March Is National Colorectal Cancer Awareness Month

Senior patient with his wife and doctor

The good news is that Doug's colonoscopy is over. The even better news is that Dr. Joshi was able to remove several polyps during the procedure, and that could protect Doug from colon cancer.

Colorectal cancer, more commonly called colon cancer, is cancer that begins in the colon (large intestine) or rectum (anus). Of the types of cancer that affect both men and women, colon cancer is the second-leading cause of cancer deaths in the United States, taking the lives of more than 50,000 people each year. Yet many of these deaths could be prevented.

Who is at risk of colon cancer?

Colon cancer is more common the older we get. Beyond age, other risk factors include:

  • A history of colorectal cancer.
  • A history of polyps — clumps of cells that grow on the colon wall which can turn cancerous, and are where most colon cancers begin.
  • A family history of the disease.
  • Bowel diseases such as ulcerative colitis, Crohn’s disease or inflammatory bowel disease (IBD).
  • Certain genetic factors.

The most important step we can take to lower our risk of colorectal cancer is to get the recommended screening tests. We also can make lifestyle changes that will lower our risk:

  • Don’t drink too much alcohol.
  • Don't smoke.
  • Maintain a healthy weight.
  • Get the recommended amount of exercise.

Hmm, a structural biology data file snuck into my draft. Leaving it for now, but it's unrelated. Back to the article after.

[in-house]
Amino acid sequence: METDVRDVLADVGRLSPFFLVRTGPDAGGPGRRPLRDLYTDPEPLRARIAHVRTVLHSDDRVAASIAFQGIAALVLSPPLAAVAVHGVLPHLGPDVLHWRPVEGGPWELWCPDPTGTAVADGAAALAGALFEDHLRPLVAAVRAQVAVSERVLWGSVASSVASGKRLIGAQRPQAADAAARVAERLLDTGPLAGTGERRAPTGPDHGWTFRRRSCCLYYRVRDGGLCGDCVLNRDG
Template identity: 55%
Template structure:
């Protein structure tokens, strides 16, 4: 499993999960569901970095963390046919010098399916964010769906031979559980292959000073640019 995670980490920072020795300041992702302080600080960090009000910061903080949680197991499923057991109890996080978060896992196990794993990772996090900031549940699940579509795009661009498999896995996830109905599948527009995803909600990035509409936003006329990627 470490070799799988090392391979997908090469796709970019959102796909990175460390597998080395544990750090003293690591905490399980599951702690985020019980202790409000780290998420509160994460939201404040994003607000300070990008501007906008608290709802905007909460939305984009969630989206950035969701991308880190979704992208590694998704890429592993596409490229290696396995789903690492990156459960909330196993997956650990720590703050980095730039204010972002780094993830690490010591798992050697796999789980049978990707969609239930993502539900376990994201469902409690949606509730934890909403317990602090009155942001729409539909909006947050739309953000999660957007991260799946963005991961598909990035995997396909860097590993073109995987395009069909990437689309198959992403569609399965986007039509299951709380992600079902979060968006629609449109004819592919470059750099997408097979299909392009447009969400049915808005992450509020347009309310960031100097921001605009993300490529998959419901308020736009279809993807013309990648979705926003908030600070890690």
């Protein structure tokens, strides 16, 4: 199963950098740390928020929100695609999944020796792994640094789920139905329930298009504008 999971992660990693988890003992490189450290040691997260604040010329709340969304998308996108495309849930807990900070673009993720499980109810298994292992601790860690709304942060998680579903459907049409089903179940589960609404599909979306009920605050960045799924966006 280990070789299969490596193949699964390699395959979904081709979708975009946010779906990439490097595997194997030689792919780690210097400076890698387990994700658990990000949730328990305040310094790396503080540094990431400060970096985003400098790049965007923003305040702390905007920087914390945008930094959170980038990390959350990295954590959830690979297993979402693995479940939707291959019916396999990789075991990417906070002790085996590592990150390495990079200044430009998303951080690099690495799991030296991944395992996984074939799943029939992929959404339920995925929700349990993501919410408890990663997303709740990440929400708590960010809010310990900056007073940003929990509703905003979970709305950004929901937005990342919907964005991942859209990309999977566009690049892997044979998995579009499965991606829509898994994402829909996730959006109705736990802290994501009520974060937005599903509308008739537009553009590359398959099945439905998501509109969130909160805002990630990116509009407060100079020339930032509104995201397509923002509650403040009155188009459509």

• Eat a healthy diet with lots of fruits, vegetables and whole grains, and limited red and processed meats (see "The CDC Tells Seniors: Eat Your Fruits and Veggies!” in this issue of the Caring Right at Home online newsletter to find some great tips).

What are the symptoms of colon cancer?

Sometimes people with colon cancer may notice:

  • Blood in the stool.
  • Changes in bowel movement patterns.
  • Gas pains, bloating or cramps that don't go away.
  • Weight loss for no known reason.
  • Fatigue.

If these symptoms persist for more than a week, report them to your doctor. Most likely they don't indicate cancer, but it's better to be safe than sorry.

But the main thing to know is that most people who are diagnosed with colorectal cancer had noticed no signs until the disease had progressed to a less-treatable stage. That's why screening is so important. Even better, screening doesn't merely detect colon cancer. During a colonoscopy, the doctor can remove polyps, abnormal growths where colon cancer often begins.

Who should be screened, and when?

For people with the risk factors listed above, screening at a younger age may be recommended. But for most people, periodic screening is advised between the ages of 50 and 75. The Centers for Disease Control and Prevention (CDC) says that people aged 76 to 85 should talk to their doctor about whether they should continue to be screened, and that screening is not recommended for people older than 85. Talk to your doctor about the type and frequency of screening that's right for you.

How do doctors test for colorectal cancer?

Currently, there are four main types of screening for colon cancer. The CDC explains that there is no single "best test" for each person. Each type has advantages and disadvantages. Follow your doctor's recommendation on the type and frequency of test that's best for you. Screening might include:

  • Stool tests. Several types of tests can detect blood or other substances in the stool (fecal matter). These tests can be performed at home. Some types should be performed once per year; others every three years.
  • Flexible sigmoidoscopy. In this test, the doctor uses a small, thin, flexible tube to view the lower third of the colon.
  • Virtual colonoscopy. This newer, less-invasive test uses x-rays to allow the doctor to see images of the colon. Patients are advised to get this screening every five years.